March 15 – the Ides – falls a week from this coming Sunday. But this year it’s actually two days after the ancient Roman feast of Lupercalia (and anniversary of the death of Julius Caesar) that has the soothsayers buzzing. That’s when the Fed convenes for its next policy session, armed with the latest jobs data released earlier this morning. The hills and dales of the Twitterverse are alive with the sound of Fedwatchers: will they or won’t they? How many synonyms for “patient” exist in the English language? Is the labor market really Schrödinger’s Cat in disguise: tight (5.5% unemployment) and slack (near-zero wage growth) at the same time? How these questions play out in the days leading up to and then beyond the March 17-18 meeting will likely have a meaningful impact on the near term course of stocks and rates.
Strong Growth, No Growth
It is always interesting to follow the chatter after the monthly BLS jobs release: which data point will “win the day” and become the focal point of the conversation? Today’s release served up a very impressive headline number: the overall unemployment rate fell to 5.5% and nonfarm payrolls added 295,000 jobs. That’s twelve straight months of job creation above 200,000. The past four months represent the fastest pace of jobs growth since the late 1990s.
What looks nothing like the late ‘90s, though, is the persistently tepid pace of wage growth. One month ago we got a brief glimpse of a green shoot here, with average wages growing 12 cents month-to-month at the end of January. That green shoot appears to have been buried by the latest snowstorm though; wage growth was basically flat for February and in line with the year-on-year pace of 2% that has been the norm for a while.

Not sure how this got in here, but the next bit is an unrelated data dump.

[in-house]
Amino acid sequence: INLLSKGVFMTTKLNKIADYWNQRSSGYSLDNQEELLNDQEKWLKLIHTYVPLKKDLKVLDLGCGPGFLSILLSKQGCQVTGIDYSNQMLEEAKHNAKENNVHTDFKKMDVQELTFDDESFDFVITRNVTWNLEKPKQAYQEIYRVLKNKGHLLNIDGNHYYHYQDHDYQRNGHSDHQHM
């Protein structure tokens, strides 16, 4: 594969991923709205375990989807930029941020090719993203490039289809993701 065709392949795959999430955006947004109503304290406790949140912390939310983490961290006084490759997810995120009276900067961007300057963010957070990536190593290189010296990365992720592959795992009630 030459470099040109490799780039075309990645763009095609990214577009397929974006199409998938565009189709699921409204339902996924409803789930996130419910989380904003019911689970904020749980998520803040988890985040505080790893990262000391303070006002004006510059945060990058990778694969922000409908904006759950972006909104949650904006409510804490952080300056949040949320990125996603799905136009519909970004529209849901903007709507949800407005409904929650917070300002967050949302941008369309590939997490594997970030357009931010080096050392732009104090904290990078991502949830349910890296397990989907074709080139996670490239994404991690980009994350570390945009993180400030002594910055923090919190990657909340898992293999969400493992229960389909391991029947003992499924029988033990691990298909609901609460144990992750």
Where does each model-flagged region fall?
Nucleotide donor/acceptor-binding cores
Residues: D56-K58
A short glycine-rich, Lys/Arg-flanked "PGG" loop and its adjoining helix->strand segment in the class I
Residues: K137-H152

So which is it, strong growth or no growth? Remember that there was a time, not too long ago, when Fed guidance on rates focused on crossing the unemployment threshold of 6.5%. Obviously that threshold has long since come and gone. What has stayed the Fed’s hand has been softness in prices generally and wages in particular. This month’s data fail to serve up a conclusive take on what the Fed will be inclined to do come mid-month. But one view is coming in loud and clear: yields on the 10-year have jumped 11 basis points since the jobs data release.
What is happening on the yield curve today is, in fact, somewhat counterintuitive. The spike in the 10-year yield is of a larger magnitude than movements in the 2-year yield, which as a short term rate is more directly impacted by Fed rate policy. The general consensus among bond market watchers has called for a continued flattening of the curve, with short term rates rising in anticipation of the Fed, while ongoing foreign demand for intermediate- and long-dated issues keeps a lid on yields down-curve. We think it likelier than not that today’s curve trades are more noise than signal. With Eurozone QE firing up and foreign currencies plumbing new lows against the dollar, there should be plenty of continuing appetite for Uncle Sam’s debt obligations.
Equities are also trending negative today, so stocks and bonds alike seem to be listening to the soothsayers and fearing what comes after the Ides. But, as we have said here time and again, in the long run growth should trump rates. We’ll take Fed action – whether a simple removal of “patient” from the lexicon or more decisive guidance on timing – as another signpost on the road towards growth and a reason to stay fully invested in equities.